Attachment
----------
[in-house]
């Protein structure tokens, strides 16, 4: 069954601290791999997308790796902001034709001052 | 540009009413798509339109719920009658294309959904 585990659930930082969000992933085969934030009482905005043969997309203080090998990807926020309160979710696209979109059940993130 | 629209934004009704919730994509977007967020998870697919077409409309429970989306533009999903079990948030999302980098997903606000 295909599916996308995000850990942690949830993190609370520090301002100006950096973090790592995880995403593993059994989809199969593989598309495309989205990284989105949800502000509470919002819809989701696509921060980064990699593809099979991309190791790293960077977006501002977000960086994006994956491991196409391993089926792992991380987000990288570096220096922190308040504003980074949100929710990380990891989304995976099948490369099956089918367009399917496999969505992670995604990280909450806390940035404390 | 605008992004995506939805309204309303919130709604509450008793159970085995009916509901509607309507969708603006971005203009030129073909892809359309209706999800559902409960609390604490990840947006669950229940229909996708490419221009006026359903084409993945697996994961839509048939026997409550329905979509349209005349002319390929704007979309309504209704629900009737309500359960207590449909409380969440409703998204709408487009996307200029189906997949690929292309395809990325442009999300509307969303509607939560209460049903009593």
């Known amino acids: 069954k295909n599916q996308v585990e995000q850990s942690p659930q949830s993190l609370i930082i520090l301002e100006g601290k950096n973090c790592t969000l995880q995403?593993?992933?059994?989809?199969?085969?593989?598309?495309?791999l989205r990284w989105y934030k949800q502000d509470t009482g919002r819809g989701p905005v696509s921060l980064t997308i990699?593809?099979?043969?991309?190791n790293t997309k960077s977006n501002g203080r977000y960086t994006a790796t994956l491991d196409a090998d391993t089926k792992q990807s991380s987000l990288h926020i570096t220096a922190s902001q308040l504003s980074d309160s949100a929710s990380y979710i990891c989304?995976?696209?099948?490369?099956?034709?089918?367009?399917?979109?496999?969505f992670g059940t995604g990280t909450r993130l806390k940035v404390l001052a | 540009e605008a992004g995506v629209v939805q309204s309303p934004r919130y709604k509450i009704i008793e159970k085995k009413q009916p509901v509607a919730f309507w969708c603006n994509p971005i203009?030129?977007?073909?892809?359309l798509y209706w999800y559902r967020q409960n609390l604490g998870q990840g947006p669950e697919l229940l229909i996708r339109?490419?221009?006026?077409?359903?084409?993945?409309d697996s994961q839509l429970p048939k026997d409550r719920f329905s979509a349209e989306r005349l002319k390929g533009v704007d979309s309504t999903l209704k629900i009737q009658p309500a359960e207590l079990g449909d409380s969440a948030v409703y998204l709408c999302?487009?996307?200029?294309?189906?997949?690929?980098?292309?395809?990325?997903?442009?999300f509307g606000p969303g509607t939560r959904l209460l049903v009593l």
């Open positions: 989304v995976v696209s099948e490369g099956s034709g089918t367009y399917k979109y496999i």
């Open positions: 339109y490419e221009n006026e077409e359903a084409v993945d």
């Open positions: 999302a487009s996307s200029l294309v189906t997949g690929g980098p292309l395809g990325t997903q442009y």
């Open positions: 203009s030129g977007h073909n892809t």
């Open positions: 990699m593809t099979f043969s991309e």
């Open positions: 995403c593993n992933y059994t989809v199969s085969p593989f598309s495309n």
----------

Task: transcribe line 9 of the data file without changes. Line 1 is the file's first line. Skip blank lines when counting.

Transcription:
């Open positions: 995403c593993n992933y059994t989809v199969s085969p593989f598309s495309n």